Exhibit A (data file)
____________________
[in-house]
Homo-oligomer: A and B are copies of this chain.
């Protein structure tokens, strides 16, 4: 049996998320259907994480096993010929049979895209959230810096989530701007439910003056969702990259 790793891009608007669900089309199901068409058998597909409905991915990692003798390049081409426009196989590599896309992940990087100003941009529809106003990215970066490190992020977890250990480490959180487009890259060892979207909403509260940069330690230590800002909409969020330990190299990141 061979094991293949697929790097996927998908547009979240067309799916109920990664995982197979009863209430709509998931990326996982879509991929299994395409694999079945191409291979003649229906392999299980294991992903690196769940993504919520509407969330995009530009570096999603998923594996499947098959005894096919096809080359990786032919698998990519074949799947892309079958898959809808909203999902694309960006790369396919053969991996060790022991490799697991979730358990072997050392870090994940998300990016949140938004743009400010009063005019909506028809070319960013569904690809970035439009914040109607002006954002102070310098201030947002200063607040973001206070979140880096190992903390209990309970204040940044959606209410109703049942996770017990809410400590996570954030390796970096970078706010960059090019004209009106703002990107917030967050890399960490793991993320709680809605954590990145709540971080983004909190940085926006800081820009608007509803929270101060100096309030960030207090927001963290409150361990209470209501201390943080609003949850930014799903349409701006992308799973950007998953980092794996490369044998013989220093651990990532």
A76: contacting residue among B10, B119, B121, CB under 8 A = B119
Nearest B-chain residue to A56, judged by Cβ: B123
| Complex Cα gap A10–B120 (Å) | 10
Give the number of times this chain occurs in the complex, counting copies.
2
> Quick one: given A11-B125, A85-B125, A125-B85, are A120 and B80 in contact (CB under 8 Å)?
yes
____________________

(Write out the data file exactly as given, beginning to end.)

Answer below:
[in-house]
Homo-oligomer: A and B are copies of this chain.
């Protein structure tokens, strides 16, 4: 049996998320259907994480096993010929049979895209959230810096989530701007439910003056969702990259 790793891009608007669900089309199901068409058998597909409905991915990692003798390049081409426009196989590599896309992940990087100003941009529809106003990215970066490190992020977890250990480490959180487009890259060892979207909403509260940069330690230590800002909409969020330990190299990141 061979094991293949697929790097996927998908547009979240067309799916109920990664995982197979009863209430709509998931990326996982879509991929299994395409694999079945191409291979003649229906392999299980294991992903690196769940993504919520509407969330995009530009570096999603998923594996499947098959005894096919096809080359990786032919698998990519074949799947892309079958898959809808909203999902694309960006790369396919053969991996060790022991490799697991979730358990072997050392870090994940998300990016949140938004743009400010009063005019909506028809070319960013569904690809970035439009914040109607002006954002102070310098201030947002200063607040973001206070979140880096190992903390209990309970204040940044959606209410109703049942996770017990809410400590996570954030390796970096970078706010960059090019004209009106703002990107917030967050890399960490793991993320709680809605954590990145709540971080983004909190940085926006800081820009608007509803929270101060100096309030960030207090927001963290409150361990209470209501201390943080609003949850930014799903349409701006992308799973950007998953980092794996490369044998013989220093651990990532």
A76: contacting residue among B10, B119, B121, CB under 8 A = B119
Nearest B-chain residue to A56, judged by Cβ: B123
| Complex Cα gap A10–B120 (Å) | 10
Give the number of times this chain occurs in the complex, counting copies.
2
> Quick one: given A11-B125, A85-B125, A125-B85, are A120 and B80 in contact (CB under 8 Å)?
yes